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Plain Old Objective-C class

Let’s create a simple class Car with model and year properties and getter/setter methods in Objective-C.
In Objective-C the class implementation is split into two parts, the interface definition and the implementation. The interface is defined in a .h file and the implementation in a .m file. The interface has the list of variables and method declarations.
A Car.h file with the definition for Car interface is shown below.

@interface Car : NSObject {
    NSString* model;
    int year;
-(void) setYear:(int)input;

-(void) setModel:(NSString*)input;


The Car interface has the model and year variables. It also has the definition of getter/setter methods. The ‘get’ prefix word is not required for the getter methods. The minus (-) sign before the method definitions indicate that they are instance methods.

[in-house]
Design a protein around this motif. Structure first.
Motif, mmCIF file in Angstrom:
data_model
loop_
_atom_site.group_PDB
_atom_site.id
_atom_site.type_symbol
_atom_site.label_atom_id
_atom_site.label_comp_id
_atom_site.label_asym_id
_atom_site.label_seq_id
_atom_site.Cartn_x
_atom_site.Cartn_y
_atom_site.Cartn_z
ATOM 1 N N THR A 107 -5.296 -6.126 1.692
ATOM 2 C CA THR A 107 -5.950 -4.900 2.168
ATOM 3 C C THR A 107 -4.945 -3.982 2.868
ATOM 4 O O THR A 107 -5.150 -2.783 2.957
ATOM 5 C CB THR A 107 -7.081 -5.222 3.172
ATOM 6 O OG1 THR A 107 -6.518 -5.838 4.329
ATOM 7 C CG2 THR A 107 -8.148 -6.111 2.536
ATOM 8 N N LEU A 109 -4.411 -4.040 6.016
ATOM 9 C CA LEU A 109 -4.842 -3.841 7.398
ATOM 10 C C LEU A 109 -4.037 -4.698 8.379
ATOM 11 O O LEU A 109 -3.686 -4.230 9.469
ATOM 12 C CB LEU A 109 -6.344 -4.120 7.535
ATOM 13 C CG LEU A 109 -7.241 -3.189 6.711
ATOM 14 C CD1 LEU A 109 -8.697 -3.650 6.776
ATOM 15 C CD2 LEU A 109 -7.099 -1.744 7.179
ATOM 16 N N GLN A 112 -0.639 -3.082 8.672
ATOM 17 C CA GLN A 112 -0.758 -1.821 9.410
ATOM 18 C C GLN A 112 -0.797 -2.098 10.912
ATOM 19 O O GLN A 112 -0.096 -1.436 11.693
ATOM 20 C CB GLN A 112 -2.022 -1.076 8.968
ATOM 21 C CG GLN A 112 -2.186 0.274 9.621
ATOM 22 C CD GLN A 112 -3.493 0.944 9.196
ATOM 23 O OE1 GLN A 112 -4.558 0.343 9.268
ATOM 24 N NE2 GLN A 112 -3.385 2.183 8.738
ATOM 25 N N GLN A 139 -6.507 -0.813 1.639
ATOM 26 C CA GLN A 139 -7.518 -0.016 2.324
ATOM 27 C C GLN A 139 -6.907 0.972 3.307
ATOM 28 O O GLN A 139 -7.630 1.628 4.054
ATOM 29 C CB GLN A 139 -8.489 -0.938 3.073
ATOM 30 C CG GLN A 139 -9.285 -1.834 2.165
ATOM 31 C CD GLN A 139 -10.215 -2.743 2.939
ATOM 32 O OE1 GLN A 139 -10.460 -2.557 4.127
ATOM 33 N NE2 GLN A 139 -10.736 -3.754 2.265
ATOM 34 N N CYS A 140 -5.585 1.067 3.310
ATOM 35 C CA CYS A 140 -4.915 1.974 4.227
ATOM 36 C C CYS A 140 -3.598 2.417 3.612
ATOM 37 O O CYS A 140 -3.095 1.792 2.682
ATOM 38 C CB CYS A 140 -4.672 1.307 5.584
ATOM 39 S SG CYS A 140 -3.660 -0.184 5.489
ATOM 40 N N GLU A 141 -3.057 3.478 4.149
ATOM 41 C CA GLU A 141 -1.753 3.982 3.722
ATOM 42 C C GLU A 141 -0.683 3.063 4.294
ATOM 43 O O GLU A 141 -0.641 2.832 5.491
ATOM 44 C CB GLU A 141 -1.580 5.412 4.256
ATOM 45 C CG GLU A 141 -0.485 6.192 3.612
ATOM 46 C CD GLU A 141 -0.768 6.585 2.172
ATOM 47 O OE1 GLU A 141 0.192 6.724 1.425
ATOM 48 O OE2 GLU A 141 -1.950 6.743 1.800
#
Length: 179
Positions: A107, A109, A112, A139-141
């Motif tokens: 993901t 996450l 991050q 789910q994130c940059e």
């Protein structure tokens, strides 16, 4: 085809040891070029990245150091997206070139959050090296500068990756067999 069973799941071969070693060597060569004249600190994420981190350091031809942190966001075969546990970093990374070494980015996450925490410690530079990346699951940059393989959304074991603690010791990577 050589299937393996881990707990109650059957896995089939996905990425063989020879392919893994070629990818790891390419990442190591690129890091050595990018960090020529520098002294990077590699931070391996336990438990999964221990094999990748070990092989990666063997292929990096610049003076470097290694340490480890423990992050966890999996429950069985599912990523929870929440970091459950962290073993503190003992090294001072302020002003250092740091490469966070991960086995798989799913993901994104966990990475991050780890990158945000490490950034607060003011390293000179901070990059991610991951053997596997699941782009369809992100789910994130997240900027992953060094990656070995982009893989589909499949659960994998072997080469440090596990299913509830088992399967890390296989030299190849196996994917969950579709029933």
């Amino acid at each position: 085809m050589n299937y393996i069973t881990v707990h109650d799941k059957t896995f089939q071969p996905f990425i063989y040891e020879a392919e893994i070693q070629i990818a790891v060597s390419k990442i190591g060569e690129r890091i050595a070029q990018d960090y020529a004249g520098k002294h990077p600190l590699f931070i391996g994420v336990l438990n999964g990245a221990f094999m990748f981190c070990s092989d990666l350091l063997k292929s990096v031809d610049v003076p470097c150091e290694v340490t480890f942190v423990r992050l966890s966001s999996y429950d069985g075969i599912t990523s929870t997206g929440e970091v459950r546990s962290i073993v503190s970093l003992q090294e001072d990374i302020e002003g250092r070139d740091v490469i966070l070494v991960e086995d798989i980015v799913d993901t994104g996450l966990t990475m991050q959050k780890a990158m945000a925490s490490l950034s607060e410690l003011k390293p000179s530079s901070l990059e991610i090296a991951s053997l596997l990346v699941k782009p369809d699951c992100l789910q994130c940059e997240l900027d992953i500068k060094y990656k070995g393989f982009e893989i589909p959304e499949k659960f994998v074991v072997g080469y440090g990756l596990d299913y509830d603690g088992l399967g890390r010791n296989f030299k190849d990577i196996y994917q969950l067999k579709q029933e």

The implementation class Car.m is shown below.

#import "Car.h"

@implementation Car
    -(NSString*) model{
        return model;
    -(void) setModel:(NSString *)input{
        model = input;

        return year;
    -(void) setYear:(int)input{
        year = input;

Car.m implements the Car interface and provides the implementation for getter/setters of model and year.
If you want to create an object of Car class and access the methods, you can do it as shown below.

    Car* car1 = [Car alloc];
    [car1 setModel:@"Audi"];
    [car1 setYear:2012];
    NSLog(@"Model: %@, Year of make: %d",[car1 model],[car1 year]);

We have created an object of Car class ‘car1’ and assigned values to the model and year. A method is accessed using [object methodName:params] syntax in Objective-C.
Objective-C 2.0 (released long ago) provides a much easier syntax to define the accessors. We will discuss it in our next post.

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